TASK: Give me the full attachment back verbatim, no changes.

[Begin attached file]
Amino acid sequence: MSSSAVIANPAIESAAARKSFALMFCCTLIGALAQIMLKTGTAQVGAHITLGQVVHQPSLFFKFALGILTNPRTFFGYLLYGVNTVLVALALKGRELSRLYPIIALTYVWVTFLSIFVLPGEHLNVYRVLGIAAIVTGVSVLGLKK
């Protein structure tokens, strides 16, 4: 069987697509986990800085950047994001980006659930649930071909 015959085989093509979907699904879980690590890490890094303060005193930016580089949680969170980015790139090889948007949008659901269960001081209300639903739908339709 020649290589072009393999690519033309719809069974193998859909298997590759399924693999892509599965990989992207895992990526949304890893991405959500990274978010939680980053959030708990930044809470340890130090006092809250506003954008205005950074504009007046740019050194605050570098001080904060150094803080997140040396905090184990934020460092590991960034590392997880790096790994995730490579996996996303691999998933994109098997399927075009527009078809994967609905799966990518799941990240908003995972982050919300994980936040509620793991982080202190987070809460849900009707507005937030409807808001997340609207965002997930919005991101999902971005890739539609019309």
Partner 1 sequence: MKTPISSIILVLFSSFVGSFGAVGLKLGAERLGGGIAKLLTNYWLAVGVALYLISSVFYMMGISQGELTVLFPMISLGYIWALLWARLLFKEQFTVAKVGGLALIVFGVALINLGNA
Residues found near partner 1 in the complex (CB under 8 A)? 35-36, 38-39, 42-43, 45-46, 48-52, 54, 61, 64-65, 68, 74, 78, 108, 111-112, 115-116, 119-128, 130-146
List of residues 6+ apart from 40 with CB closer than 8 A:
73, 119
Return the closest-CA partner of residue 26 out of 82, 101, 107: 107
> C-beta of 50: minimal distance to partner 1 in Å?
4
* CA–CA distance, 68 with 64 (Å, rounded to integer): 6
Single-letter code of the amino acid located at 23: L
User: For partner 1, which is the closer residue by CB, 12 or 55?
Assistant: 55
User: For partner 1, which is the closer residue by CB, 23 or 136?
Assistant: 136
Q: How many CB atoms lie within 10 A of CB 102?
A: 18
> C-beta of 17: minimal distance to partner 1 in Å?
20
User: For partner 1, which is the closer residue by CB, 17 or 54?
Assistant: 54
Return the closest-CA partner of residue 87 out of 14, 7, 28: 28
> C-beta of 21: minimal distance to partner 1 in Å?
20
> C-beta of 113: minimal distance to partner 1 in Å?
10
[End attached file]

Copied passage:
Amino acid sequence: MSSSAVIANPAIESAAARKSFALMFCCTLIGALAQIMLKTGTAQVGAHITLGQVVHQPSLFFKFALGILTNPRTFFGYLLYGVNTVLVALALKGRELSRLYPIIALTYVWVTFLSIFVLPGEHLNVYRVLGIAAIVTGVSVLGLKK
């Protein structure tokens, strides 16, 4: 069987697509986990800085950047994001980006659930649930071909 015959085989093509979907699904879980690590890490890094303060005193930016580089949680969170980015790139090889948007949008659901269960001081209300639903739908339709 020649290589072009393999690519033309719809069974193998859909298997590759399924693999892509599965990989992207895992990526949304890893991405959500990274978010939680980053959030708990930044809470340890130090006092809250506003954008205005950074504009007046740019050194605050570098001080904060150094803080997140040396905090184990934020460092590991960034590392997880790096790994995730490579996996996303691999998933994109098997399927075009527009078809994967609905799966990518799941990240908003995972982050919300994980936040509620793991982080202190987070809460849900009707507005937030409807808001997340609207965002997930919005991101999902971005890739539609019309």
Partner 1 sequence: MKTPISSIILVLFSSFVGSFGAVGLKLGAERLGGGIAKLLTNYWLAVGVALYLISSVFYMMGISQGELTVLFPMISLGYIWALLWARLLFKEQFTVAKVGGLALIVFGVALINLGNA
Residues found near partner 1 in the complex (CB under 8 A)? 35-36, 38-39, 42-43, 45-46, 48-52, 54, 61, 64-65, 68, 74, 78, 108, 111-112, 115-116, 119-128, 130-146
List of residues 6+ apart from 40 with CB closer than 8 A:
73, 119
Return the closest-CA partner of residue 26 out of 82, 101, 107: 107
> C-beta of 50: minimal distance to partner 1 in Å?
4
* CA–CA distance, 68 with 64 (Å, rounded to integer): 6
Single-letter code of the amino acid located at 23: L
User: For partner 1, which is the closer residue by CB, 12 or 55?
Assistant: 55
User: For partner 1, which is the closer residue by CB, 23 or 136?
Assistant: 136
Q: How many CB atoms lie within 10 A of CB 102?
A: 18
> C-beta of 17: minimal distance to partner 1 in Å?
20
User: For partner 1, which is the closer residue by CB, 17 or 54?
Assistant: 54
Return the closest-CA partner of residue 87 out of 14, 7, 28: 28
> C-beta of 21: minimal distance to partner 1 in Å?
20
> C-beta of 113: minimal distance to partner 1 in Å?
10